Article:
Optimization of Very-Low-Thrust Trajectories Using Evolutionary Neurocontrol
55th International Astronautical Congress, 2004, Vancouver, Canada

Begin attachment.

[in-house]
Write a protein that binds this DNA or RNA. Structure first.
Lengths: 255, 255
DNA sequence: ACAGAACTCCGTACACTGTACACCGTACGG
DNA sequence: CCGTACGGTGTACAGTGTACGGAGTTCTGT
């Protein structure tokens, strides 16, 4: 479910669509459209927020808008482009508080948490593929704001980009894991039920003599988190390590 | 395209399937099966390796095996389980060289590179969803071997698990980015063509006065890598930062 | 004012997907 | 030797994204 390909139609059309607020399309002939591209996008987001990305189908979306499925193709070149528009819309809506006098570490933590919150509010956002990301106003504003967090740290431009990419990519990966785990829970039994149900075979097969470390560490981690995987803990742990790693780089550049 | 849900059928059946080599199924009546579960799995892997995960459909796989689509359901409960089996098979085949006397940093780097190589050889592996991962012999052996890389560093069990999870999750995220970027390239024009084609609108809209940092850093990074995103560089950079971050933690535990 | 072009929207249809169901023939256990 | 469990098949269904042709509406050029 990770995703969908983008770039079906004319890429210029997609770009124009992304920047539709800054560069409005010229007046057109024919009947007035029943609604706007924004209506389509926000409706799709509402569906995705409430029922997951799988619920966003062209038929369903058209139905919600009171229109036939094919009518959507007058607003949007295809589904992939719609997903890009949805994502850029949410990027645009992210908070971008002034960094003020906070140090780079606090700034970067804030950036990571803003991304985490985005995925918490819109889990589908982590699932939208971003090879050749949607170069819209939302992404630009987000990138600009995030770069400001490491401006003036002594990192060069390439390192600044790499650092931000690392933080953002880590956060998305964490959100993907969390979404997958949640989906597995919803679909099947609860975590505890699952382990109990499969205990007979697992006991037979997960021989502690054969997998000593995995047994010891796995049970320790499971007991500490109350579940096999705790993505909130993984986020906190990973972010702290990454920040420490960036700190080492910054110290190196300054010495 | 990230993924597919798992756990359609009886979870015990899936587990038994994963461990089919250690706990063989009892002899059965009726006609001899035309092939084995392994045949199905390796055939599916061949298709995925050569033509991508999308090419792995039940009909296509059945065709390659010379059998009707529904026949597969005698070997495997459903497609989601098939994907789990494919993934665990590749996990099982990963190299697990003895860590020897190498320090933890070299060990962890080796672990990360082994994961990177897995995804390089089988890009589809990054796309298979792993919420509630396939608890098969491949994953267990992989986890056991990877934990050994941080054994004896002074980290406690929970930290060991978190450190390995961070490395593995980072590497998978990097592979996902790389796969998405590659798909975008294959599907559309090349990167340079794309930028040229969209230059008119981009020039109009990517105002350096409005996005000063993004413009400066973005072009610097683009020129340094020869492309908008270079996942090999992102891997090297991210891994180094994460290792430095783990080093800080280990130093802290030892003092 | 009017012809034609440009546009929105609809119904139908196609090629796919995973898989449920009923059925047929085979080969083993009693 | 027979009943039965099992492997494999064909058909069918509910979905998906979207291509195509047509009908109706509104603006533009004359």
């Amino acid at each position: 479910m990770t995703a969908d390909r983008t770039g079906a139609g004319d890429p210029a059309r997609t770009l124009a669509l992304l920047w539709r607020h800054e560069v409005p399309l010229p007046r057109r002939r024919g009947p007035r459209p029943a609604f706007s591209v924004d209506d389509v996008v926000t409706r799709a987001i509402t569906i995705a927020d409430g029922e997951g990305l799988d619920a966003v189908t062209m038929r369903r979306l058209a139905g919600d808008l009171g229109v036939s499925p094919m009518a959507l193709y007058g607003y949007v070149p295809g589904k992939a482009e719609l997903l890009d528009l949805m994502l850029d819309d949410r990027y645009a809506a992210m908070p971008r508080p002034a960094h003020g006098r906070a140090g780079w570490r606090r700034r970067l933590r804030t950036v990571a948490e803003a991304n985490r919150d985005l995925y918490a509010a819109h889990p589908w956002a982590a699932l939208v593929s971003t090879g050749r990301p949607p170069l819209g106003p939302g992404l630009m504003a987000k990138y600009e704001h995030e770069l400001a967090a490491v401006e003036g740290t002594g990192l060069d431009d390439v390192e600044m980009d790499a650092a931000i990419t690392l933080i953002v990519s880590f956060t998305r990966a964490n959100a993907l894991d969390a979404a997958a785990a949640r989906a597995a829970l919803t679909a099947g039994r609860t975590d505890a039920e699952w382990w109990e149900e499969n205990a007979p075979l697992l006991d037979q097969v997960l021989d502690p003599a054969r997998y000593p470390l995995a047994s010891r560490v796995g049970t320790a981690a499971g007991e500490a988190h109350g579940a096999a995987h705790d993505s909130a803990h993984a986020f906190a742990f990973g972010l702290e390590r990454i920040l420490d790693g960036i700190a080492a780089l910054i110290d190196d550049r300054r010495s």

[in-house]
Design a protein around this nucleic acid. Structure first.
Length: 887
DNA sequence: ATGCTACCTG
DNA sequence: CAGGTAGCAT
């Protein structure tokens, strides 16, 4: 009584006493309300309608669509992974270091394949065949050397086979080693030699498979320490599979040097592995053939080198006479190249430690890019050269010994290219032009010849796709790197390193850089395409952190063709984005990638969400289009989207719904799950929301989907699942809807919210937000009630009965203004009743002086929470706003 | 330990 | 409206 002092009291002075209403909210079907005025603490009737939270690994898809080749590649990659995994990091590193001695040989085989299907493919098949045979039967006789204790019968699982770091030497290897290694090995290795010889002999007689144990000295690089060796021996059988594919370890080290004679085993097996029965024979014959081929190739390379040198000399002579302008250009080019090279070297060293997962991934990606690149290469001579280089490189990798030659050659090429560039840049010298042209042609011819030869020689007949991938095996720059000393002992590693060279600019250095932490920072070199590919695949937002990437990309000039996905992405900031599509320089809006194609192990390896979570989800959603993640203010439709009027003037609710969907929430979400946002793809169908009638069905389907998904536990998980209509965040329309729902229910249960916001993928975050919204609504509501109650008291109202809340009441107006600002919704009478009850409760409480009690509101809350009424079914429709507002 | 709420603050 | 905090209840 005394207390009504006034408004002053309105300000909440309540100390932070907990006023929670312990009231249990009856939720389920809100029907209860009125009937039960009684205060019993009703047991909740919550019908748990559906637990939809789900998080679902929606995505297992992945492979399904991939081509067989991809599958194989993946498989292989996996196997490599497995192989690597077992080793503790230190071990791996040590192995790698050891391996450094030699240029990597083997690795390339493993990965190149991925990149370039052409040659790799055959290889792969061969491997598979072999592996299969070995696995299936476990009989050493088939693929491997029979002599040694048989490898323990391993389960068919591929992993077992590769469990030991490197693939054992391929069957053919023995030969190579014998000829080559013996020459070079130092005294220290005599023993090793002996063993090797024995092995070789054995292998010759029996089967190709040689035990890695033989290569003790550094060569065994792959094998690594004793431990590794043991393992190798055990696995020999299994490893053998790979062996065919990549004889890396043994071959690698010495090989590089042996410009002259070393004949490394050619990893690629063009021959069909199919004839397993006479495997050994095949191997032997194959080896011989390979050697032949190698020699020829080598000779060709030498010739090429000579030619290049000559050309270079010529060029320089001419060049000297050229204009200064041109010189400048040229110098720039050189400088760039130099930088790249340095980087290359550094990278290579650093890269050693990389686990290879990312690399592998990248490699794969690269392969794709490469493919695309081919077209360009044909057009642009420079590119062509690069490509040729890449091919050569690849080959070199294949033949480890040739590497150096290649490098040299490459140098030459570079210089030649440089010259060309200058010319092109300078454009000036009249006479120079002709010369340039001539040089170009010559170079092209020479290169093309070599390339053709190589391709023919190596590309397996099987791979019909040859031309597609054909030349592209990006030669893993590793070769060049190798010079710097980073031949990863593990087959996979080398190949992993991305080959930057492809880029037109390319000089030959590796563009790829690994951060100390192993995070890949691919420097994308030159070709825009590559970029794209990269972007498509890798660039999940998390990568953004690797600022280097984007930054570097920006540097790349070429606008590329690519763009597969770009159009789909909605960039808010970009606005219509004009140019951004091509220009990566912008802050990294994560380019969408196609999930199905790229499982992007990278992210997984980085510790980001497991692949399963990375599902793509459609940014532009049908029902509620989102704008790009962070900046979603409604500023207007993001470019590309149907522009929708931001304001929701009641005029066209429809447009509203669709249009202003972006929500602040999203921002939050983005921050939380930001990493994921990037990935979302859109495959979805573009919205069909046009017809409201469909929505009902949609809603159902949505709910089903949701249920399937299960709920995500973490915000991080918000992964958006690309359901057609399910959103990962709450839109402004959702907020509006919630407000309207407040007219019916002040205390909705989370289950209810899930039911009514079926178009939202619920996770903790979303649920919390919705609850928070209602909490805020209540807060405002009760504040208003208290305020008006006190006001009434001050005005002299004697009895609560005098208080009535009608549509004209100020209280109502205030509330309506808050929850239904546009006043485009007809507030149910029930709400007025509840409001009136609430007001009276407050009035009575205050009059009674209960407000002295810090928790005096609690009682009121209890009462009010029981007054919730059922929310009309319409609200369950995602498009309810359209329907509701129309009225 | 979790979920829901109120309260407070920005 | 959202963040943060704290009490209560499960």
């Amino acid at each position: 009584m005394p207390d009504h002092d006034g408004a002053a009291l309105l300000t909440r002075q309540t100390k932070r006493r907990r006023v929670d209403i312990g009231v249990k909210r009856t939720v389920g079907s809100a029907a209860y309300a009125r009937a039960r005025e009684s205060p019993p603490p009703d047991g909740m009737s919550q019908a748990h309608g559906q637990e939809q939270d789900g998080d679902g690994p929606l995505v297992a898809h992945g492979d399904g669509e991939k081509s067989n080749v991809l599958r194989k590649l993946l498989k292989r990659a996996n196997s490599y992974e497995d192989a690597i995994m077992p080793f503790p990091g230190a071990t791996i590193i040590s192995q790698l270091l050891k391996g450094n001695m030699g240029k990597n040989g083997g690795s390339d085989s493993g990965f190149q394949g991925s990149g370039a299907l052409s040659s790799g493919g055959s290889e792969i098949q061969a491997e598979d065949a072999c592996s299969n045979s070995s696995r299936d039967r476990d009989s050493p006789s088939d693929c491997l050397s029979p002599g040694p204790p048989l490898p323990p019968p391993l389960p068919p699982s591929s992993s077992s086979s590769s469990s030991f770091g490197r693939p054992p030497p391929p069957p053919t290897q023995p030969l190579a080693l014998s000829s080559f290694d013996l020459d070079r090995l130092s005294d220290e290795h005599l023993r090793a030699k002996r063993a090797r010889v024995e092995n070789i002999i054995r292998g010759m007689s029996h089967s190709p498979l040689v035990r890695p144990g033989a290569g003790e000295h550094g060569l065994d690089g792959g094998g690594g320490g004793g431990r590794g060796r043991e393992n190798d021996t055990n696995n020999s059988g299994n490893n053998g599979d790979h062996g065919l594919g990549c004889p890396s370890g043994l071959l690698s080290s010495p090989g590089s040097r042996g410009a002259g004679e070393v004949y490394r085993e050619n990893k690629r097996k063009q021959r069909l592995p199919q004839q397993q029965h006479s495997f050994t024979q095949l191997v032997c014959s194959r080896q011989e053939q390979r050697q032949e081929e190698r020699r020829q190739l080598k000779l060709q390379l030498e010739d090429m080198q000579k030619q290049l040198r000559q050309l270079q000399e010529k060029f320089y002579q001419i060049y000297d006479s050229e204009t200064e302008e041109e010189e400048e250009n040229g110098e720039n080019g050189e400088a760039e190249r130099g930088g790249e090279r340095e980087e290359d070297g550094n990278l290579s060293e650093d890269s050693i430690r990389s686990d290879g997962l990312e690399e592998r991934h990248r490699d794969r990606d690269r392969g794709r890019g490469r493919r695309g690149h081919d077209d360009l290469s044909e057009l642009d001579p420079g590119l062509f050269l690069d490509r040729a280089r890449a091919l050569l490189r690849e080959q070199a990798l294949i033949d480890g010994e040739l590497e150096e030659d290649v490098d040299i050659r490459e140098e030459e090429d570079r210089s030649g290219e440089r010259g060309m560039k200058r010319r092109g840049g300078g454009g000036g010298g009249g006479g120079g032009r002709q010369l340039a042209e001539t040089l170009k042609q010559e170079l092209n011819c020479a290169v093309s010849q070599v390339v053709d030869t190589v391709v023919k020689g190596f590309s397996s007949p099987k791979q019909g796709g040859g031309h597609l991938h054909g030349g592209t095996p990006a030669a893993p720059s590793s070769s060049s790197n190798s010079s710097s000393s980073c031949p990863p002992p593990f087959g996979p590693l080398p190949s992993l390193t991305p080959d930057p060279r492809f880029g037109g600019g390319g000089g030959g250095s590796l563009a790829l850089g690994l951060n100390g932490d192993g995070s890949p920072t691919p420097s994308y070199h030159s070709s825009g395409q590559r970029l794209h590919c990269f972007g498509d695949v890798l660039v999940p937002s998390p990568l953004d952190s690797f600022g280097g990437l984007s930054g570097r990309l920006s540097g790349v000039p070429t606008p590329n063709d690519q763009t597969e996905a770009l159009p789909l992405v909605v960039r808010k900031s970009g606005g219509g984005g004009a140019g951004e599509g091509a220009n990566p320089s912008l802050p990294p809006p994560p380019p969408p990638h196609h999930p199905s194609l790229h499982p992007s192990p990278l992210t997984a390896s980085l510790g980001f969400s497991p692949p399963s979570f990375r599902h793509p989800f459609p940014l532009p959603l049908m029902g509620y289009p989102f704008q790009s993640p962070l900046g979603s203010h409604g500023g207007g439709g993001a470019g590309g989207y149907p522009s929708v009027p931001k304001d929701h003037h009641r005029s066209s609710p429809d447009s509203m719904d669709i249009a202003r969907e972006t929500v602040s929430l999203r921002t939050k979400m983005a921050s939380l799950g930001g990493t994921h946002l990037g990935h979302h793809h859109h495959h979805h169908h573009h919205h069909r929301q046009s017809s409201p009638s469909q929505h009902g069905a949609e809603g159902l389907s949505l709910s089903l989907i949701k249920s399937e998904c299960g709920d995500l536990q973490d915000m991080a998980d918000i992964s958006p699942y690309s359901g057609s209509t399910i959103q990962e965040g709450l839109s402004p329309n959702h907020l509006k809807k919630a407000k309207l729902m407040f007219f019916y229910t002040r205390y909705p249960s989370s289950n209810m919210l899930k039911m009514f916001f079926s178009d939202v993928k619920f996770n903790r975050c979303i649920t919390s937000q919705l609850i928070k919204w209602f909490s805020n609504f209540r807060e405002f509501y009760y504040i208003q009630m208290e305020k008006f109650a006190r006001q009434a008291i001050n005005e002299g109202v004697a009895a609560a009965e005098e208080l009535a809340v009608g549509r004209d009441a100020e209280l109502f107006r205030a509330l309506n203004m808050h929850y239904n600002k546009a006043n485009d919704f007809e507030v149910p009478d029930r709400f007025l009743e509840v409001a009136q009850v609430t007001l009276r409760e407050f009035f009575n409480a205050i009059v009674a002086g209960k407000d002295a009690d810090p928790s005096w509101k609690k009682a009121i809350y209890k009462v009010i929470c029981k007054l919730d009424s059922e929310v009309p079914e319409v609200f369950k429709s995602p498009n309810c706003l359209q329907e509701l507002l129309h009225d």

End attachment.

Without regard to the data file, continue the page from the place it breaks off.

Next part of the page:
Searching optimal interplanetary trajectories for low-thrust spacecraft is usually a difficult and time-consuming task that involves much experience and expert knowledge in astrodynamics and optimal control theory. This is because the convergence behavior of traditional local optimizers, which are based on numerical optimal control methods, depends on an adequate initial guess, which is often hard to find, especially for very-low-thrust trajectories that necessitate many revolutions around the sun. The obtained solutions are typically close to the initial guess that is rarely close to the (unknown) global optimum. Within this paper, trajectory optimization problems are attacked from the perspective of artificial intelligence and machine learning. Inspired by natural archetypes, a smart global method for low-thrust trajectory optimization is proposed that fuses artificial neural networks and evolutionary algorithms into so-called evolutionary neurocontrollers. This novel method runs without an initial guess and does not require the attendance of an expert in astrodynamics and optimal control theory. This paper details how evolutionary neurocontrol works and how it could be implemented. The performance of the method is assessed for three different interplanetary missions with a thrust to mass ratio < 0.15 mN/kg (solar sail and nuclear electric).